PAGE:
With a vision of the future, a small consulting firm opened its doors in 1935. The firm’s founders — Mason Graves Lockwood, a 1927 graduate of Rice Institute with a B.S. in Electrical Engineering and William McIntosh Andrews, a 1931 graduate of Texas A&M with a B.S. in Mechanical Engineering — were two young engineers with a dream. This was during the Great Depression and a difficult time to start and establish a new business. They realized they needed assistance to get started.

Through the course of their work, they had met Jack Burrus, President of Burrus Mills, Inc. He was impressed by their ability and determination and agreed to provide them a yearly retainer to enable them to begin. So, along with J.R. Dowdell, a mechanical engineer, they formed the new firm of Dowdell, Lockwood & Andrews. Offices were opened in the Esperson Building in downtown Houston.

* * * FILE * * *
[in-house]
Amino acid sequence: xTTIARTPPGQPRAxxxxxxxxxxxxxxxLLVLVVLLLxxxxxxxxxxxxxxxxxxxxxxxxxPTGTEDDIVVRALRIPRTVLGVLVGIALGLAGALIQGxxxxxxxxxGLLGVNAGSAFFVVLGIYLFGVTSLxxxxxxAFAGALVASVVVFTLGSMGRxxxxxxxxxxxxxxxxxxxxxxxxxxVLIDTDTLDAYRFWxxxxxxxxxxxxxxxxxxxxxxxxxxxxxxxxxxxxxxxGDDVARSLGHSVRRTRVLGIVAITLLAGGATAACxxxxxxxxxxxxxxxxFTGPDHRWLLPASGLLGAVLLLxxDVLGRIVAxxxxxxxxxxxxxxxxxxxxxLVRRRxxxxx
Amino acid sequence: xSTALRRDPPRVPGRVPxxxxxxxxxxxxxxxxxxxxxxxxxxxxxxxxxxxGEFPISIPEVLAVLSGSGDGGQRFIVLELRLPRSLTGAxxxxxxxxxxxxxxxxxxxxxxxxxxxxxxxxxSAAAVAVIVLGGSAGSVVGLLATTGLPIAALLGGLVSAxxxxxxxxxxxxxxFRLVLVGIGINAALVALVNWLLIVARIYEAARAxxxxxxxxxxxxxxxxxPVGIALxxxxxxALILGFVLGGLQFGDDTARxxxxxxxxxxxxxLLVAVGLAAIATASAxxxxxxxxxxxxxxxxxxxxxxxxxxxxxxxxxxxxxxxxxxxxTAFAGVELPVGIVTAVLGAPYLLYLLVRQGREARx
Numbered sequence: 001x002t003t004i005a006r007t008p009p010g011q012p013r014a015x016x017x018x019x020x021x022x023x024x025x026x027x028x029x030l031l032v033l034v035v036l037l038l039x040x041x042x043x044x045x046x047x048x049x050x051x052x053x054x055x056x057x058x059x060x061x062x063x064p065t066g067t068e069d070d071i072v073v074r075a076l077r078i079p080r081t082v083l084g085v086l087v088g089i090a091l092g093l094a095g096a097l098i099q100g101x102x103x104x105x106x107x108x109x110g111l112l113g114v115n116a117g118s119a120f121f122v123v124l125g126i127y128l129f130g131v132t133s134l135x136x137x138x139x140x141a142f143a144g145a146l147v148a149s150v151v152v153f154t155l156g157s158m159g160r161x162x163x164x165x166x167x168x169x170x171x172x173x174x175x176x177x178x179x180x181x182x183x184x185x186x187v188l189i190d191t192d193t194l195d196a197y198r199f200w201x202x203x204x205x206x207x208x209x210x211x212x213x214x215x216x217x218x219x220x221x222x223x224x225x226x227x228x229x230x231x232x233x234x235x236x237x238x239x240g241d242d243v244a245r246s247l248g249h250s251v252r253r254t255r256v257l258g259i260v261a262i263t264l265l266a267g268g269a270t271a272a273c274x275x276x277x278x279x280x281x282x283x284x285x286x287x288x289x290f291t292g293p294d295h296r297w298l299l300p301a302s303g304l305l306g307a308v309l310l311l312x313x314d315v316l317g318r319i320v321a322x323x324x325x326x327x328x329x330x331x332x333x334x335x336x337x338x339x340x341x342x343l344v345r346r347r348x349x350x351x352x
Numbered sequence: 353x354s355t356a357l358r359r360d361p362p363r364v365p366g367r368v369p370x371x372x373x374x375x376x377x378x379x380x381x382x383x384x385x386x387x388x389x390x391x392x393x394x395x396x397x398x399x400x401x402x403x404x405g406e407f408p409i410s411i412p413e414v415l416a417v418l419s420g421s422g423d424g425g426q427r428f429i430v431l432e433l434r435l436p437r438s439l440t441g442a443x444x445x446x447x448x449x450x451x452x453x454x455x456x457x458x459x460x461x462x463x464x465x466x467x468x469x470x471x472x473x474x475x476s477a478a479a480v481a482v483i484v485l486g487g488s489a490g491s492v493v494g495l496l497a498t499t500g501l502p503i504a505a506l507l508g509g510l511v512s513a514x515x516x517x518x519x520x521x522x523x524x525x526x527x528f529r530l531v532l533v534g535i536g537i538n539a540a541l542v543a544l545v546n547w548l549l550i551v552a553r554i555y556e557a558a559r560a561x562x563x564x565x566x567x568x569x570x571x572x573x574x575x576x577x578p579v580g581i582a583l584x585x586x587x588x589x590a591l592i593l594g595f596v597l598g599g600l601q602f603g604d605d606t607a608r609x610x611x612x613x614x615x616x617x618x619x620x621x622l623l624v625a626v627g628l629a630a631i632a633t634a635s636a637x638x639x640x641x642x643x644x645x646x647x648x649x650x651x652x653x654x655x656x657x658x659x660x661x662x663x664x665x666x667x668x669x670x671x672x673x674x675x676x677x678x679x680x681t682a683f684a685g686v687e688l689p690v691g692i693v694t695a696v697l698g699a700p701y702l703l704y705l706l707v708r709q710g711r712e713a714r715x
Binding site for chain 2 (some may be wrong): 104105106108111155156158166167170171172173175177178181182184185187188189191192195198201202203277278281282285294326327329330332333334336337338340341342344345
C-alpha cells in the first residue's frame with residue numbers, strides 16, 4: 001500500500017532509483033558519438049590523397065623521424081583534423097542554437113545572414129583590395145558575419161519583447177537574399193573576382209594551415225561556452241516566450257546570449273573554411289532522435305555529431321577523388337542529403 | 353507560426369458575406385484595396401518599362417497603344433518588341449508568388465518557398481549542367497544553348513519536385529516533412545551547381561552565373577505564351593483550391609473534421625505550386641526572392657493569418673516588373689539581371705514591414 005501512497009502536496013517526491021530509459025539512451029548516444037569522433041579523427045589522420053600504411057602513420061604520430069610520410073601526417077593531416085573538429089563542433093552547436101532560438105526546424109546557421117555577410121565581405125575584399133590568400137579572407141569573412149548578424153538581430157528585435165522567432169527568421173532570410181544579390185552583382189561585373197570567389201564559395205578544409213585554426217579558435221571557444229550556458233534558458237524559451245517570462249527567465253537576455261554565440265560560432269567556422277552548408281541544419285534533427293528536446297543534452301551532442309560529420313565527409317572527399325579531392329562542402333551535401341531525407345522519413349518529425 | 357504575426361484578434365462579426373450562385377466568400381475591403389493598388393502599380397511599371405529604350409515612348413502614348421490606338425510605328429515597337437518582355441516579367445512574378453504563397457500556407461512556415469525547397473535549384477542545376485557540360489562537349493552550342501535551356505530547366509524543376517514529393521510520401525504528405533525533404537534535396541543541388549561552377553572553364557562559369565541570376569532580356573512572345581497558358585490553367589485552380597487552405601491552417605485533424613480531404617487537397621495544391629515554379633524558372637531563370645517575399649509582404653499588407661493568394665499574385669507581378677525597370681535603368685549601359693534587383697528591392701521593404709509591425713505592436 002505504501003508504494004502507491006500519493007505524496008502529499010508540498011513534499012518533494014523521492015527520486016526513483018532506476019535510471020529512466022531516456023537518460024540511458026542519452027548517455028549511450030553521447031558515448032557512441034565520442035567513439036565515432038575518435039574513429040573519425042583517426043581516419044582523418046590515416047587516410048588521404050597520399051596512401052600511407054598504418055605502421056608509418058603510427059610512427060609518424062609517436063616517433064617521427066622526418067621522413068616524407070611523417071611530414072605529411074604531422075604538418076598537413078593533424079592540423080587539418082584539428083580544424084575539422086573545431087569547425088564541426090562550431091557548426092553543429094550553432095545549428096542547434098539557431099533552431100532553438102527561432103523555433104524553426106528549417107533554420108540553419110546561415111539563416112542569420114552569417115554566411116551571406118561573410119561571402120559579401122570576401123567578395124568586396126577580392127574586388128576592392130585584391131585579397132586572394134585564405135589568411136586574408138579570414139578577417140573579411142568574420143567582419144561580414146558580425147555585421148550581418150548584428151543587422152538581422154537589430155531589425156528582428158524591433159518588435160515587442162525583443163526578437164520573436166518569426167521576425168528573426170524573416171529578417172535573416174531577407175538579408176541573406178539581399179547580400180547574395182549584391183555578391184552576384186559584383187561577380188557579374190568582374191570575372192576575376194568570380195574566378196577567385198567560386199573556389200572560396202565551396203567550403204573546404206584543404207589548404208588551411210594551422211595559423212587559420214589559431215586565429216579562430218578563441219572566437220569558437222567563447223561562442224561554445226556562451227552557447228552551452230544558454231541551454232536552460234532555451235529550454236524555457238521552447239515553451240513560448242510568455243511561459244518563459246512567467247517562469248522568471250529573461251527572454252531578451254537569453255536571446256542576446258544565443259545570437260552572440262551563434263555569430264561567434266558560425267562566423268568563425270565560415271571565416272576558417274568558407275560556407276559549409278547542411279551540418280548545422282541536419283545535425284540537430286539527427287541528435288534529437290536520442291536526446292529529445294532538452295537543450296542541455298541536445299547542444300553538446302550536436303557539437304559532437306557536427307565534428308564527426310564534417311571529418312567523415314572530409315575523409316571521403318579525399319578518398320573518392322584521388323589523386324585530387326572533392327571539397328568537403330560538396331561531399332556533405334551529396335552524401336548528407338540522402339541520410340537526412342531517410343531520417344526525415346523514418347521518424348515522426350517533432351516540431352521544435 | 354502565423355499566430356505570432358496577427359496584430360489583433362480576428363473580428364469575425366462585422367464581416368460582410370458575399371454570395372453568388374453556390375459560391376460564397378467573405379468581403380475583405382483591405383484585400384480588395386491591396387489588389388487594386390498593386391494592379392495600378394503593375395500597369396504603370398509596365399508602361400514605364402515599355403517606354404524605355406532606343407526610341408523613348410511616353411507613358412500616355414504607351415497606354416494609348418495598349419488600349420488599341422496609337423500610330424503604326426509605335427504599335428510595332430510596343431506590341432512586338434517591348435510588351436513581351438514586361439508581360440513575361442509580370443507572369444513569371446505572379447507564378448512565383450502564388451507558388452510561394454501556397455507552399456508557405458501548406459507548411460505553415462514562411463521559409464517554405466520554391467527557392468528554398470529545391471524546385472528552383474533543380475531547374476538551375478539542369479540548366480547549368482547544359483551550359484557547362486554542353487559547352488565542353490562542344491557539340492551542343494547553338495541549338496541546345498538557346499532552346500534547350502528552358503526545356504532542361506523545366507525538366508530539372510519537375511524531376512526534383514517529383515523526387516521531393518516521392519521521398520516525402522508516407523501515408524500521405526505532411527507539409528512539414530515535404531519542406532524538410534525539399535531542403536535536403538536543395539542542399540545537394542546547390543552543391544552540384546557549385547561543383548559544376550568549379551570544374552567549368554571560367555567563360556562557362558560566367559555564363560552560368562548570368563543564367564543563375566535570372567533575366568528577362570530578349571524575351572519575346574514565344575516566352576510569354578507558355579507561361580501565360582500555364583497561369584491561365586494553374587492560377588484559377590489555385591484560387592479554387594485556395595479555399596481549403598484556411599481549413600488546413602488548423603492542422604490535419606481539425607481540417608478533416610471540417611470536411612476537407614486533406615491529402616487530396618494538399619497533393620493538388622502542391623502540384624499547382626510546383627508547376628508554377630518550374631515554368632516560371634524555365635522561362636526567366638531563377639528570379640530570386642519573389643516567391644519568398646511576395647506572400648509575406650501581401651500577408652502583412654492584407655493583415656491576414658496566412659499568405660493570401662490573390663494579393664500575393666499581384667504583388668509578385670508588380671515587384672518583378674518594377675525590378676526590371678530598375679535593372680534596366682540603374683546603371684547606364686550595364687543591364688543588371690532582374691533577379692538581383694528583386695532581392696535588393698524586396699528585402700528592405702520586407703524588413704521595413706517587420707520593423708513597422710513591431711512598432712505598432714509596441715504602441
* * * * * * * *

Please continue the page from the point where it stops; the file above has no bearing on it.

Mr. Burrus had widespread grain storage and grain operations interests in Texas and neighboring states. His first two jobs for the new team were the design and construction of new grain elevators in Amarillo and Lubbock, Texas. This relationship continued until Burrus Mills was sold and Mr. Burrus retired in 1966.